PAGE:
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Simulating future public health benefits of tobacco control interventions: a systematic review of models
  1. Ankur Singh1,
  2. Nick Wilson2,
  3. Tony Blakely3,4
  1. 1Centre for Health Equity, Melbourne School of Population & Global Health, University of Melbourne, Melbourne, Victoria, Australia
  2. 2Public Health, University of Otago, Wellington, New Zealand
  3. 3Population Interventions Unit, Centre for Epidemiology and Biostatistics, Melbourne School of Population and Global Health, University of Melbourne, Melbourne, Victoria, Australia
  4. 4Burden of Disease Epidemiology, Equity and Cost-Effectiveness Program, University of Otago, Weliington, New Zealand
  1. Correspondence to Professor Tony Blakely, Population Interventions, Centre for Epidemiology and Biostatistics, Melbourne School of Population and Global Health, University of Melbourne, Melbourne VIC 3010, Victoria, Australia; antony.blakely{at}unimelb.edu.au

Abstract

Background To prioritise tobacco control interventions, simulating their health impacts is valuable. We undertook a systematic review of tobacco intervention simulation models to assess model structure and input variations that may render model outputs non-comparable.

Methods We applied a Medline search with keywords intersecting modelling and tobacco. Papers were limited to those modelling health outputs (eg, mortality, health-adjusted life years), and at least two of cancer, cardiovascular and respiratory diseases. Data were extracted for each simulation model with ≥3 arising papers, including: model type, untimed or with time steps and trends in business-as-usual (BAU) tobacco prevalence and epidemiology.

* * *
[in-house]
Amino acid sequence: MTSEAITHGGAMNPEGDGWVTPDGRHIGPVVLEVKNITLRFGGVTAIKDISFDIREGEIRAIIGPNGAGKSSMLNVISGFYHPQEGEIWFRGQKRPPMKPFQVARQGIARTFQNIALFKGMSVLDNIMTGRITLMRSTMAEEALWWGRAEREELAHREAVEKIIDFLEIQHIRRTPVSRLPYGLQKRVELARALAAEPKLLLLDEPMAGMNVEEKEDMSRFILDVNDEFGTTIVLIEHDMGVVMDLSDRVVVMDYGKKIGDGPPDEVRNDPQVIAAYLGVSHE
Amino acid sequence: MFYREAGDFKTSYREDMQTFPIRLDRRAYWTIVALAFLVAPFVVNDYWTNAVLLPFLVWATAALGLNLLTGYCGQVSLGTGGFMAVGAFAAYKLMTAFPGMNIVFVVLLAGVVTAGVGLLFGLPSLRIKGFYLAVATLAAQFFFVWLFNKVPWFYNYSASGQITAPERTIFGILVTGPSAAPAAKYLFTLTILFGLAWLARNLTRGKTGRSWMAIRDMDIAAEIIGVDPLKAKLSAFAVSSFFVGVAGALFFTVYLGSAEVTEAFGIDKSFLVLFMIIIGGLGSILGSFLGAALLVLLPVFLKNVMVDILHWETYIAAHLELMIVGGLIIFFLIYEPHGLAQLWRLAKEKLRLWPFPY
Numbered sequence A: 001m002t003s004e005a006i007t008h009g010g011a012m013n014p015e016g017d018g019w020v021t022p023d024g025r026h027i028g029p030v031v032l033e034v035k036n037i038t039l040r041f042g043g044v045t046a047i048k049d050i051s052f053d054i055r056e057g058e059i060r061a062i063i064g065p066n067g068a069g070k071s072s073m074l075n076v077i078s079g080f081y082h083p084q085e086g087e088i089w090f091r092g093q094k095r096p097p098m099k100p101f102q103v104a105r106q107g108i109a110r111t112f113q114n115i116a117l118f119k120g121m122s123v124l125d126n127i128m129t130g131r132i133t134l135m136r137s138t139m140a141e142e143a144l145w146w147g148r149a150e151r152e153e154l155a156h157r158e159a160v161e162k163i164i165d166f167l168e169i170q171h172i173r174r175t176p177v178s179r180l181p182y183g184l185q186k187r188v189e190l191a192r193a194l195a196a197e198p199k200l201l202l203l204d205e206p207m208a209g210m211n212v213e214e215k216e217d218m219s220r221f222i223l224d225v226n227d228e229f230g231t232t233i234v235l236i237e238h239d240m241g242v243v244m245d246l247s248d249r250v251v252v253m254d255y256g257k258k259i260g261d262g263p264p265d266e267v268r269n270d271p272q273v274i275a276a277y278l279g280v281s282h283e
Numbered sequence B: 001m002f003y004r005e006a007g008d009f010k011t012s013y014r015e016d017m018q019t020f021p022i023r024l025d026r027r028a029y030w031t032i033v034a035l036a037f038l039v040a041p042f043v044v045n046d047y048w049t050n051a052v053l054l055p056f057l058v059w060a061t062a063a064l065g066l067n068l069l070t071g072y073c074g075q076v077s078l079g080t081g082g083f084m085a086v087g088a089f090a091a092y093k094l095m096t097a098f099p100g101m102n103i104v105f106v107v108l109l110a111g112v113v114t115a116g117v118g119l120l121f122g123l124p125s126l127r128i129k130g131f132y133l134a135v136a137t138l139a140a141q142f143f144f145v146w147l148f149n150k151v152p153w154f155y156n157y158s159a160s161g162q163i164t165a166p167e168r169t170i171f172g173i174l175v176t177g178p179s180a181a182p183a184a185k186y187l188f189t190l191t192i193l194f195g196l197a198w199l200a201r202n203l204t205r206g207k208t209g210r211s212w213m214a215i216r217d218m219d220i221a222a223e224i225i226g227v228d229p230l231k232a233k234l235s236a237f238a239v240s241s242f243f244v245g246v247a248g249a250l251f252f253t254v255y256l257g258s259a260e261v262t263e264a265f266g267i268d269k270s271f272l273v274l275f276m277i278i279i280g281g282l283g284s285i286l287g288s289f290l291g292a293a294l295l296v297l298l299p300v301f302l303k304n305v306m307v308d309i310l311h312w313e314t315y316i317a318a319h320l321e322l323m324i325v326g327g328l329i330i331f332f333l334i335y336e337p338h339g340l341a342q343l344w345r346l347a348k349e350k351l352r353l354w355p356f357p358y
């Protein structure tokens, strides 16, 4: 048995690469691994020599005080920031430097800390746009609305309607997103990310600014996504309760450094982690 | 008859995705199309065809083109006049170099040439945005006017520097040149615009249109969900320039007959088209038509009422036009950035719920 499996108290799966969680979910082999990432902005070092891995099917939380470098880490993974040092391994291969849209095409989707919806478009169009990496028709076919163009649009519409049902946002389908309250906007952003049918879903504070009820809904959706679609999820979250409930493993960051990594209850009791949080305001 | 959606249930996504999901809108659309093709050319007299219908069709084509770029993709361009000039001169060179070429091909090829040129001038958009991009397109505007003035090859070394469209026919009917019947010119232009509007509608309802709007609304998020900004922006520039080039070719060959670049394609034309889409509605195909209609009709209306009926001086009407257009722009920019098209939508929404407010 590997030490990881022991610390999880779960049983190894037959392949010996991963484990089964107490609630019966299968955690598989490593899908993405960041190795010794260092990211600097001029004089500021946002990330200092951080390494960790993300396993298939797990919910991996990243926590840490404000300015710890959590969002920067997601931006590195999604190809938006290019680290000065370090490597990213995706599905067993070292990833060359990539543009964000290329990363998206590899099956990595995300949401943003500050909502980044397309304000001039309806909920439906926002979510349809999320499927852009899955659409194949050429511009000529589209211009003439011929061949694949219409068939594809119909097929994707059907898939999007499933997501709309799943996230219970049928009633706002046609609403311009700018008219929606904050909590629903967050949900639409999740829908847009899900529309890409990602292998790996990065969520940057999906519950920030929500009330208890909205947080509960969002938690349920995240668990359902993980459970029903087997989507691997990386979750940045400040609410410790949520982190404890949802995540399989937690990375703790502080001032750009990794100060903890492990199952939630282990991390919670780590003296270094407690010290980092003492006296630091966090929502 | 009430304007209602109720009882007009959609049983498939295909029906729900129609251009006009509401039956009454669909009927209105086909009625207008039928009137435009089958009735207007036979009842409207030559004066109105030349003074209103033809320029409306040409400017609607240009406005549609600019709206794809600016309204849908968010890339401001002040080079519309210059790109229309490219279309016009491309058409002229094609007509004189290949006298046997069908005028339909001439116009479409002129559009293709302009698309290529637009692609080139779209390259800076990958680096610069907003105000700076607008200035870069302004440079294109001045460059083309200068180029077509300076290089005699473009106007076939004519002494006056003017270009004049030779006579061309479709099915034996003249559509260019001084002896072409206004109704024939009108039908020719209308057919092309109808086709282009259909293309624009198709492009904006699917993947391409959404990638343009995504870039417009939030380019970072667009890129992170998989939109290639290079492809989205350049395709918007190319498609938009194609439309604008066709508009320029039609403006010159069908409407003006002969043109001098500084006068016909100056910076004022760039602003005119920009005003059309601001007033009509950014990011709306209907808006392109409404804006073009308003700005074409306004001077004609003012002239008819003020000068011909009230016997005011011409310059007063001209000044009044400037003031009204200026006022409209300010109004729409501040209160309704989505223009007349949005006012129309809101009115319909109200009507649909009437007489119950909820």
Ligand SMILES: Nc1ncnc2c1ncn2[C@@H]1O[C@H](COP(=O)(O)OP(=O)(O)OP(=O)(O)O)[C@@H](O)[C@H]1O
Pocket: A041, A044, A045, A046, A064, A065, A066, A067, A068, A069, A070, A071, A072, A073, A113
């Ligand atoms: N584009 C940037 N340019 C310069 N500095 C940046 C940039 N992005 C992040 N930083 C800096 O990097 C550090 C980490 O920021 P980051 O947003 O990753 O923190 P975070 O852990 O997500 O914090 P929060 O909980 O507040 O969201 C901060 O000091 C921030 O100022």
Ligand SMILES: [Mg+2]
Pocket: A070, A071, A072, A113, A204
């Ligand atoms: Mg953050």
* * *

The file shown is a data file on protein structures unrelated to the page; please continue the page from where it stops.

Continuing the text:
Results Of 1911 papers, 186 met the inclusion criteria, including 13 eligible simulation models. The SimSmoke model had the largest number of publications (n=46), followed by Benefits of Smoking Cessation on Outcomes (n=12) and Tobacco Policy Model (n=10). Two of 13 models only estimated deaths averted, 1 had no time steps, 5 had no future trends in BAU tobacco prevalence, 9 had no future trends in BAU disease epidemiology and 7 had no time lags from quitting tobacco to reversal of health harm.

Conclusions Considerable heterogeneity exists in simulation models, making outputs substantively non-comparable between models. Ranking of interventions by one model may be valid. However, this may not be true if, for example, interventions that differentially affect age groups (eg, a tobacco-free generation policy vs increased cessation among adults) do not account for plausible future trends. Greater standardisation of model structures and outputs will allow comparison across models and countries, and for comparisons of the impact of tobacco control interventions with other preventive interventions.

  • prevention
  • economics
  • litigation
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Footnotes

  • Twitter @drankursingh99

  • Contributors AS contributed to design, analysis, interpretation of results and prepared draft of the manuscript. NW contributed to interpretation of results and providing critical feedback on the manuscript. TB led the conception of the project and design, analysis, interpretation of data and oversaw the drafting of the manuscript.

  • Funding The authors have not declared a specific grant for this research from any funding agency in the public, commercial or not-for-profit sectors.

  • Competing interests TB and NW have led the development of the BODE3 tobacco control model, and AS has applied BODE3 model.

  • Patient consent for publication Not required.

  • Provenance and peer review Not commissioned; externally peer reviewed.

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